Budget would increase city spending 7.8 percent


Net spending by the City of Evanston would increase about 7.8 percent next year under the newly proposed budget from City Manager Wally Bobkiewicz.

Major increases from this year's budgeted levels would come from:

  • An increase in water fund spending from $9.5 million to $24.6 million as work begins on a project to replace a major water reservoir.
  • An increase in other capital improvement spending by the city from $22.3 million to $30 million.
  • An increase in library spending from $6.5 million to $10.6 million — largely driven by plans for renovations at the main library and planning for a new library branch at a proposed new Crown Center.
  • An increase in public safety pension spending from $19.2 million to $20.5 million, based on new recommendations from the city's actuaries.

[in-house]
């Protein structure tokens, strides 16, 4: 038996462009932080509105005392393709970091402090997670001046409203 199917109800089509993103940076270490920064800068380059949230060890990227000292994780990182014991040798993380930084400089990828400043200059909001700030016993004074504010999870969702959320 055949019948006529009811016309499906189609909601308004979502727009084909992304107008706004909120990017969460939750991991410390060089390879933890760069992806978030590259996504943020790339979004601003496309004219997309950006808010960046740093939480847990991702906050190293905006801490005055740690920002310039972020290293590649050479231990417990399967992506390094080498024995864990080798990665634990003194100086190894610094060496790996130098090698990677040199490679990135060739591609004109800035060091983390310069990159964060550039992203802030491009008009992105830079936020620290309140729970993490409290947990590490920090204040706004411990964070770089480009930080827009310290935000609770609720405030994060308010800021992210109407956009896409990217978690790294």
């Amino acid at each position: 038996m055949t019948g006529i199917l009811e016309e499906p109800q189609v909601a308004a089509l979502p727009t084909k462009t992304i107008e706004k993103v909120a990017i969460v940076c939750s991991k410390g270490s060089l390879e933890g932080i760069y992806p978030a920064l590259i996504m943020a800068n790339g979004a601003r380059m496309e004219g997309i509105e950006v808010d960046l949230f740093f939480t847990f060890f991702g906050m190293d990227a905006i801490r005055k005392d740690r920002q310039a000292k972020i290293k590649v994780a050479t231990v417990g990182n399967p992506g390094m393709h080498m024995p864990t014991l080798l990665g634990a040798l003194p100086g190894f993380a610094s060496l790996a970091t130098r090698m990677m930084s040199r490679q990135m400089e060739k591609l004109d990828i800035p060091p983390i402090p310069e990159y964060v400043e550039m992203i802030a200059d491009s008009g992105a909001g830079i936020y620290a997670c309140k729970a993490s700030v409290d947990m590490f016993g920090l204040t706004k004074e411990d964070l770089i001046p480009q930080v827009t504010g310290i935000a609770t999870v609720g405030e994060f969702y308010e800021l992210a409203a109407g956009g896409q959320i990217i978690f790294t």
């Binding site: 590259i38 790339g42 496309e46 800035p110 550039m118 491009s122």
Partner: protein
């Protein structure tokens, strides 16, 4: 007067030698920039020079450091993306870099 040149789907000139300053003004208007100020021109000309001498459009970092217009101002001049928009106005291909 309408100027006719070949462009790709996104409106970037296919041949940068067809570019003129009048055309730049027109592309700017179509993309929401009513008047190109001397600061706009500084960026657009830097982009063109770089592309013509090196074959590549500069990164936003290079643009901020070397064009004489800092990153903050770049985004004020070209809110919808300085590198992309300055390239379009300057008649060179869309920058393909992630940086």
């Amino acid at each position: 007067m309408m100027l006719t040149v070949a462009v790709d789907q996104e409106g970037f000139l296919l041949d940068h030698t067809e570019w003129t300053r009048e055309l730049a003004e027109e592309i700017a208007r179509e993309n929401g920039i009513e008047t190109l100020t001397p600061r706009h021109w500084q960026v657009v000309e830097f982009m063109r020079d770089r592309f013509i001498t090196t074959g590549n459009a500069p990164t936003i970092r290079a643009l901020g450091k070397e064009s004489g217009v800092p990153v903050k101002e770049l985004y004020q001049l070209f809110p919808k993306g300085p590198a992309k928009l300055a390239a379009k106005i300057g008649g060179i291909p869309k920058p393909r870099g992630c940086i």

Not counting the separate library tax levy, the city manager says the city's property tax levy will increase by 2.4 percent under the proposed budget, which would add about $46 to the tax bill of a resident with a home valued at $400,000.

Funding for most of the increase in spending will come from bonds to be issued by the city that will be paid back with interest over the next 20 years.

City officials argue that current low interest rates make this a good time to catch up on some long-deferred capital projects.

The baseline proposed budget assumes no cuts in aid to city from the state and does not include funding for pay increases for city employees. The city's contracts with its union workers expire at the end of this year, and no new contract agreements have been reached yet.

However a package of proposed modifications to the budget includes nearly $1 million for salary increases as part of a package of $5.2 million in revenue increases and $6.6 million in expense increases.

Some of the new revenue would come from increasing parking deck fees and the hours of operation for parking meters.

The budget also sets out a series of proposed cuts if the state legislature cuts state aid. Those cuts would mostly come from layoffs and leaving unfilled positions vacant.

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